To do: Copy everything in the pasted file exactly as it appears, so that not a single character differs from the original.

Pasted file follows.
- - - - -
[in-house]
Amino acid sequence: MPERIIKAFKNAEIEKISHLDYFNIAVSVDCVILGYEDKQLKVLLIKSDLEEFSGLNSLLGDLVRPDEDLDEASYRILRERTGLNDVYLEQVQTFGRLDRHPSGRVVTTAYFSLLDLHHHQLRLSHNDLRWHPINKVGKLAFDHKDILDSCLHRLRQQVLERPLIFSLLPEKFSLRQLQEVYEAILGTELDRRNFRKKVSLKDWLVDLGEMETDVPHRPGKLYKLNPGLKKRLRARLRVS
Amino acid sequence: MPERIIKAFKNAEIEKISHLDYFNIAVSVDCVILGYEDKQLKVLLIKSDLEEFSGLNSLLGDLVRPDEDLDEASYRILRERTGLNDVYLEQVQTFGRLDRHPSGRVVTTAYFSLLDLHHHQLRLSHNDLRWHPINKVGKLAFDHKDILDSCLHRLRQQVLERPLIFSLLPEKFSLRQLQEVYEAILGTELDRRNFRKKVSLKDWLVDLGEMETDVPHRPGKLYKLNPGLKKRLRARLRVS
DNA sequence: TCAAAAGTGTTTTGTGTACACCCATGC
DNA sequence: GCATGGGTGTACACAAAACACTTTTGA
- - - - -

[in-house]
Amino acid sequence: MPERIIKAFKNAEIEKISHLDYFNIAVSVDCVILGYEDKQLKVLLIKSDLEEFSGLNSLLGDLVRPDEDLDEASYRILRERTGLNDVYLEQVQTFGRLDRHPSGRVVTTAYFSLLDLHHHQLRLSHNDLRWHPINKVGKLAFDHKDILDSCLHRLRQQVLERPLIFSLLPEKFSLRQLQEVYEAILGTELDRRNFRKKVSLKDWLVDLGEMETDVPHRPGKLYKLNPGLKKRLRARLRVS
Amino acid sequence: MPERIIKAFKNAEIEKISHLDYFNIAVSVDCVILGYEDKQLKVLLIKSDLEEFSGLNSLLGDLVRPDEDLDEASYRILRERTGLNDVYLEQVQTFGRLDRHPSGRVVTTAYFSLLDLHHHQLRLSHNDLRWHPINKVGKLAFDHKDILDSCLHRLRQQVLERPLIFSLLPEKFSLRQLQEVYEAILGTELDRRNFRKKVSLKDWLVDLGEMETDVPHRPGKLYKLNPGLKKRLRARLRVS
DNA sequence: TCAAAAGTGTTTTGTGTACACCCATGC
DNA sequence: GCATGGGTGTACACAAAACACTTTTGA